Even so, Mulee’s return, after a decade away from competitive coaching at the elite level, was astonishing and his reception by the glory-starved Kenyan football fraternity has been decidedly muted.

I am neither going to talk about the politics behind Mulee’s appointment nor the desire of the federation to have everyone under them on a tight leash.

The prerogative of that appointment is that of the federation president, who is invariably judged by, not how much football development he has achieved per se, but how the national team has performed on the international stage. Period.

I will instead coldly compare and contrast the performance of the two men – said to be the best qualified local football coaches.


Please note that this is not a definitive guide. Without the benefit of an official record book by the federation (there is none), I am using my records, painstakingly gathered from newspaper cuttings, online reports, personal interviews and memory.

Both “Ghost” and “Kim” have been appointed Harambee Stars coaches on more than one occasion. Mulee is on his fourth stint, Kimanzi was on his third.

Mulee has featured as Harambee Stars head coach in 60 international matches, possibly a Kenyan record, while Kimanzi has handled Harambee Stars as head coach in 32 international fixtures.

Here is where the mathematics gets interesting.

Mulee boasts of a win-draw-loss record of 20-18-22. Kimanzi on the other hand has a win-draw-loss record of 15-8-9.

Mulee’s win:loss ratio stands at 10:11 while Kimanzi’s is 5:3 (or 10:6 for easier comparison)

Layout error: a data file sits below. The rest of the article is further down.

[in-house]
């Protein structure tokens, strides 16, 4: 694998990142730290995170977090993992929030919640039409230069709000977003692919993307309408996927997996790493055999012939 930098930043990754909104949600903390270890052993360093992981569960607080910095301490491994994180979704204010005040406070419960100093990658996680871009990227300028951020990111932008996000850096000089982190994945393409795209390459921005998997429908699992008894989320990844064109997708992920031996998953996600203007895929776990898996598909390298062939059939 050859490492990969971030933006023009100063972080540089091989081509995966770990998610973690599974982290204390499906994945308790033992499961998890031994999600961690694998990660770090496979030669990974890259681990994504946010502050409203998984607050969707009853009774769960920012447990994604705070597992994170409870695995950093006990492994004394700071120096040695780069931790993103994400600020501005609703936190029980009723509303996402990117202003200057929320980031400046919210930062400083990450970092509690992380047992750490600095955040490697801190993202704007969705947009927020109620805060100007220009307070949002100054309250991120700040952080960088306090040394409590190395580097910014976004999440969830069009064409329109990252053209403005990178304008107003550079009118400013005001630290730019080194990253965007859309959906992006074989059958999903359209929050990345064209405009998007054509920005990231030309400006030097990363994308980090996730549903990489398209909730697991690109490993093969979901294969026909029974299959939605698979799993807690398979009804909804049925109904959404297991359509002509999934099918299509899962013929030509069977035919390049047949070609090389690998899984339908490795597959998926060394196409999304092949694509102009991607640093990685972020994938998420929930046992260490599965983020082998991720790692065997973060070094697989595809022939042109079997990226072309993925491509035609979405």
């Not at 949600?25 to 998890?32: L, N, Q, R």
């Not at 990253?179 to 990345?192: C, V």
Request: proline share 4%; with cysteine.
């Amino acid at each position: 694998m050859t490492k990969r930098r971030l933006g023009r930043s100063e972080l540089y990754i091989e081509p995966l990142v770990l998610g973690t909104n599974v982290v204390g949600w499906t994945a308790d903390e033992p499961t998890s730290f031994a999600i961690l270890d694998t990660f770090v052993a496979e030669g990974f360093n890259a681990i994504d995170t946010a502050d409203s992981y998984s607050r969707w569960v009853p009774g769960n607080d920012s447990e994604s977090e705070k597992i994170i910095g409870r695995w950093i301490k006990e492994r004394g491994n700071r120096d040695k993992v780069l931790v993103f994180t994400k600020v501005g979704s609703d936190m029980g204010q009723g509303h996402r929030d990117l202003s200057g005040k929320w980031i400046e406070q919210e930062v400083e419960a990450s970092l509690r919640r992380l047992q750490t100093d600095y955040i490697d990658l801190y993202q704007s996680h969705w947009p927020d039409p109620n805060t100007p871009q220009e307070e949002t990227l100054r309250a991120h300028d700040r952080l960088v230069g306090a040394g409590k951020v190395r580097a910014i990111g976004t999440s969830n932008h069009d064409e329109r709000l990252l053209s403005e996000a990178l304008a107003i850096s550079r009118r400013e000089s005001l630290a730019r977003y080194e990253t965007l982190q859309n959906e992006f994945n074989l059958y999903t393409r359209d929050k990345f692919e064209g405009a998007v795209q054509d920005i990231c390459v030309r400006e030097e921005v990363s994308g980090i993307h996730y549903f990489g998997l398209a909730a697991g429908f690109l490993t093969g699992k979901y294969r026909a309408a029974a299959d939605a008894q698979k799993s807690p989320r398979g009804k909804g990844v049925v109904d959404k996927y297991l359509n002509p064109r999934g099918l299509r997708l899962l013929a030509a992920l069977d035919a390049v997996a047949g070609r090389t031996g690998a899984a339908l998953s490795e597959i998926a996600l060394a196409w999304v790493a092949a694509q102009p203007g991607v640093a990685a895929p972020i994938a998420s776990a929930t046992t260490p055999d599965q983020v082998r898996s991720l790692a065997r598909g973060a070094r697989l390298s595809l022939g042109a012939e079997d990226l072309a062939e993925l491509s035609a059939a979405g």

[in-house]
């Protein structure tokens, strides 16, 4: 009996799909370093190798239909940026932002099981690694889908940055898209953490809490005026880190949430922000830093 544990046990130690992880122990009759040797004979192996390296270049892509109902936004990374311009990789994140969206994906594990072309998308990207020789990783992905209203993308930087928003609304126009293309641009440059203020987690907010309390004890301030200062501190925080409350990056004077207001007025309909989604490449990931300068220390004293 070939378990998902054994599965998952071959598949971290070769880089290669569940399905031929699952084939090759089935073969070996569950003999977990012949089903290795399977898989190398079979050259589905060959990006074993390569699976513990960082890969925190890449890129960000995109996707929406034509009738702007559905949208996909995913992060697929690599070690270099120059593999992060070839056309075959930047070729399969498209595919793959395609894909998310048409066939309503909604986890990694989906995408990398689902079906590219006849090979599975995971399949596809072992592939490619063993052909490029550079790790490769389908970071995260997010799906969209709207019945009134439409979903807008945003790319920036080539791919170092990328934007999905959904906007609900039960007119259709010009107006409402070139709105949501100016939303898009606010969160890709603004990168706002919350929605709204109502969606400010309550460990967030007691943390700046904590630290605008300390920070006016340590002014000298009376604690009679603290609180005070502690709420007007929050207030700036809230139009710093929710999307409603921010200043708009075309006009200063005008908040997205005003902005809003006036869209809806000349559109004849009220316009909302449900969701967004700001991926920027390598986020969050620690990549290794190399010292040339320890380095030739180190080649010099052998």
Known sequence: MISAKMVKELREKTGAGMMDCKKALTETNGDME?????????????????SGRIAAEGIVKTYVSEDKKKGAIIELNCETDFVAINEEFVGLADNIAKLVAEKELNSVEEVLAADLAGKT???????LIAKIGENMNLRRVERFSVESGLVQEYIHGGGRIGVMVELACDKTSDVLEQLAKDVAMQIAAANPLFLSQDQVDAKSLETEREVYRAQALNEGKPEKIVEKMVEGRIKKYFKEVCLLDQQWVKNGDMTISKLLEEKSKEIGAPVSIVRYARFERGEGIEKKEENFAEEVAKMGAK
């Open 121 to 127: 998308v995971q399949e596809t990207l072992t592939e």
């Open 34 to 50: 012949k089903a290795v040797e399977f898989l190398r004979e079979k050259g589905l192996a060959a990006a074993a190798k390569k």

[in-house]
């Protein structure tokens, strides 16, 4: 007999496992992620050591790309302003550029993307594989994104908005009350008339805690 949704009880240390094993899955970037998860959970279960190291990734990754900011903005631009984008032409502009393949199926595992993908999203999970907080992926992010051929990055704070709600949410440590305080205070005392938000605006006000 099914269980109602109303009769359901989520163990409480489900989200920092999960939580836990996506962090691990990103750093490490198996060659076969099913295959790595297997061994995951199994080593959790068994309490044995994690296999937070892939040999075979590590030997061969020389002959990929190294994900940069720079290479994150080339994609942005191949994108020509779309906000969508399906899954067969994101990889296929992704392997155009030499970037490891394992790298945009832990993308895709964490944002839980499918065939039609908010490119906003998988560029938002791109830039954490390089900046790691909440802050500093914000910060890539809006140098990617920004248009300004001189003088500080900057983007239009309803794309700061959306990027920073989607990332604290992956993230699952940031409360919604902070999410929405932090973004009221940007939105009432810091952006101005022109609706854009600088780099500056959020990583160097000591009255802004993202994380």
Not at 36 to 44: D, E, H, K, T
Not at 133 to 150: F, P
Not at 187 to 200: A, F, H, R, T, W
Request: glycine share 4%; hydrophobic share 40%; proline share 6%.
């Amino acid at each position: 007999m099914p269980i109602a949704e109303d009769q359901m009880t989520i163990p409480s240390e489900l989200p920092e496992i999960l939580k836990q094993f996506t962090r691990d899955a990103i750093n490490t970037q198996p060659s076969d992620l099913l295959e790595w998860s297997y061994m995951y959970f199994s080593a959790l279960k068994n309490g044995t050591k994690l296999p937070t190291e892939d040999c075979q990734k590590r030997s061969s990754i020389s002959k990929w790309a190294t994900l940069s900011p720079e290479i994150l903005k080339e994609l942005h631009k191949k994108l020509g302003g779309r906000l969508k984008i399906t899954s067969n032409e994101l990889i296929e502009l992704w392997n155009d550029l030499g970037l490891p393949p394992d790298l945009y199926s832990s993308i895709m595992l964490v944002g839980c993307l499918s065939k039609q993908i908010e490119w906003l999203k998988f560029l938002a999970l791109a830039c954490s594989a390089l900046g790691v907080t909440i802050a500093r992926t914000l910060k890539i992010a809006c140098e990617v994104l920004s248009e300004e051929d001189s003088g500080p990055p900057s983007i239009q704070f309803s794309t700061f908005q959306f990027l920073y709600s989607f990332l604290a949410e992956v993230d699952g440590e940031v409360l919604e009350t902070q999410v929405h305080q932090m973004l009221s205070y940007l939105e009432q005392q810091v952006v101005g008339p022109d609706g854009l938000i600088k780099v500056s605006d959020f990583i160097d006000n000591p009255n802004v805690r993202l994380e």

That would mean that Kimanzi, statistically, is the more successful coach. For every one game he has won he has lost 0.6 games while Mulee has lost 1.1 games for every one won.

Mulee has both the best and worst record of the two coaches in the Cecafa Senior Challenge Cup, winning the title in 2002 in Tanzania and losing all his preliminary matches in 2010 in the same country.

Kimanzi has guided Kenya to two regional finals, in 2008 and 2012, on both occasions losing to hosts Uganda.

Kimanzi guided Kenya to their highest ever Fifa ranking position in history of 68 in 2008, but failed to secure Kenya a World Cup or Africa Cup of Nations qualification.

But Mulee shepherded Kenya to the 2004 Africa Cup of Nations after a 12-year hiatus.

You cannot begrudge them. On performance, any of them deserves the Harambee Stars head coach job, that clearly does not have a permanent owner.

Since 1961, Kenya has had a change of Harambee Stars coaches 45 times (several records do not include John “Bobby” Ogolla’s brief one-match tour to Egypt as Stars coach in 2009, but I have), that is an average of a coach every 1.31 years (about 16 months).

At the end of the day, Harambee Stars are as good as their last game. Good luck Mulee, and the next Stars coach, and the next.


cnyende@ke.nationmedia.com

https://nation.africa/kenya/sports/talkup/harambee-stars-coaches-come-and-go-an-average-of-one-every-16-months-since-1961-2723466